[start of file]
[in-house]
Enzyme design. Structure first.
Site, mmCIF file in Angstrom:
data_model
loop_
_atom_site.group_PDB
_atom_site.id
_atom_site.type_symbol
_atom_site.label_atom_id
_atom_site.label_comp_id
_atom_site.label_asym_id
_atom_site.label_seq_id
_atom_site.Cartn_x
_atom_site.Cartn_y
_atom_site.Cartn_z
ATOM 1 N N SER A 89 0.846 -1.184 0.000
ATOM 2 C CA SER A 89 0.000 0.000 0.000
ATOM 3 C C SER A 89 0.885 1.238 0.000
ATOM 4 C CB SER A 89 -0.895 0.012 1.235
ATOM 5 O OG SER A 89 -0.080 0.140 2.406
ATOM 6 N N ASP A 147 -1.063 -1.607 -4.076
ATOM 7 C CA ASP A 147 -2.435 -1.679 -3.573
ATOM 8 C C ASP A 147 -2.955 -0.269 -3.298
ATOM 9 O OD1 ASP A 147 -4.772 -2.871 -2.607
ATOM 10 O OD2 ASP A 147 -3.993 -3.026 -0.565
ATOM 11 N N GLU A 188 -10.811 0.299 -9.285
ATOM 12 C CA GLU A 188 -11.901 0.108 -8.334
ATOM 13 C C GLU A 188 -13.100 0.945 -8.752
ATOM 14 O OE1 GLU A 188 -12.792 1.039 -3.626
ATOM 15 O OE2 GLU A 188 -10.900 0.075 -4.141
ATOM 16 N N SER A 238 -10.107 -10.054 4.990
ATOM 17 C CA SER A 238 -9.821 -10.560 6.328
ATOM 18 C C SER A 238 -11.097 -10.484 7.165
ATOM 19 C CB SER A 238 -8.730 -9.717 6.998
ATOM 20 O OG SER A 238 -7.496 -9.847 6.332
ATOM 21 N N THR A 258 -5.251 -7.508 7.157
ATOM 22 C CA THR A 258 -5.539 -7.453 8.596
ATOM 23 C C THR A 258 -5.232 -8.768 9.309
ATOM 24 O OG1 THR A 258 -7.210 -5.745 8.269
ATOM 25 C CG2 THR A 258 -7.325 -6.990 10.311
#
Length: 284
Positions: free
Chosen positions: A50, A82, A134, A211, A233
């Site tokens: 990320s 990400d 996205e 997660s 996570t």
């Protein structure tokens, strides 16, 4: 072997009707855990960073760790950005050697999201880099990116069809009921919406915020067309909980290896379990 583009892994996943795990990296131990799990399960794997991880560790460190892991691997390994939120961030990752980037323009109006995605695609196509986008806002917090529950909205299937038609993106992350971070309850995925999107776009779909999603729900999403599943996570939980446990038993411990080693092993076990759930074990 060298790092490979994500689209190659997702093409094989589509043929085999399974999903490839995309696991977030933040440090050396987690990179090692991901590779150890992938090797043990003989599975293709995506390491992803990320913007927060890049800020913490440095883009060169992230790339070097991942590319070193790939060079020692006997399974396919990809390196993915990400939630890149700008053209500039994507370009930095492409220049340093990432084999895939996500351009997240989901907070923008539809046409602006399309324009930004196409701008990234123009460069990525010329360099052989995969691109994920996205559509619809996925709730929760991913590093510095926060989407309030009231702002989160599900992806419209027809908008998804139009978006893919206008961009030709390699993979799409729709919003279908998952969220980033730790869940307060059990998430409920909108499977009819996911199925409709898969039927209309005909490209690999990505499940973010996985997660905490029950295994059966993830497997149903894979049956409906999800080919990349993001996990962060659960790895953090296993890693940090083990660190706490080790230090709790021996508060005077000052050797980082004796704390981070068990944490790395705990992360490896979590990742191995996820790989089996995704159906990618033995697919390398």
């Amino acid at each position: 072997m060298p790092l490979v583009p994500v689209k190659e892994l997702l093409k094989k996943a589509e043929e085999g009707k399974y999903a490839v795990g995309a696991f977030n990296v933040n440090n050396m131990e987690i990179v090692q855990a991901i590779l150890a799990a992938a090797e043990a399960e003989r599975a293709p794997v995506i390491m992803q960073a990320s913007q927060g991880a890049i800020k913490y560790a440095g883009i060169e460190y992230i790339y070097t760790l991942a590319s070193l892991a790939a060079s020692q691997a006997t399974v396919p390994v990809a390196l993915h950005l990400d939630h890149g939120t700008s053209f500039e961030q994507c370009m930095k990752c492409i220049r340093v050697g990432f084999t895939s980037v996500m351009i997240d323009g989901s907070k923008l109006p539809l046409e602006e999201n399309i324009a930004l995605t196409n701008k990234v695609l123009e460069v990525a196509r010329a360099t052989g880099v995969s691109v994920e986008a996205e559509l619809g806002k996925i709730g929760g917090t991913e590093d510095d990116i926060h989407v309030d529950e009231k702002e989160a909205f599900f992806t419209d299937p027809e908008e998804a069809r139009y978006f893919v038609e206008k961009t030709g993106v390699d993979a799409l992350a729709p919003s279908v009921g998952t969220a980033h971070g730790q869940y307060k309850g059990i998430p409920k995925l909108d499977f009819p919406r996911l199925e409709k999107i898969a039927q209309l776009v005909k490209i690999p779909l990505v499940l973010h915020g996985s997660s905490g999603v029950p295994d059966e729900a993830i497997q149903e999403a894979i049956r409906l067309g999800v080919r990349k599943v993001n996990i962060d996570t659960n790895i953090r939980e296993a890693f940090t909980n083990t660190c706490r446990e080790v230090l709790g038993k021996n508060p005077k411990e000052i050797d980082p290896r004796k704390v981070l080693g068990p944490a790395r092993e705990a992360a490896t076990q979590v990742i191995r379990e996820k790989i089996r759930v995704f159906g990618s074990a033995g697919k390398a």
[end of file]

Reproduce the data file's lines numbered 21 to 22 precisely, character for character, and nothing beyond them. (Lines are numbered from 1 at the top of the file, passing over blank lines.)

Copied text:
ATOM 6 N N ASP A 147 -1.063 -1.607 -4.076
ATOM 7 C CA ASP A 147 -2.435 -1.679 -3.573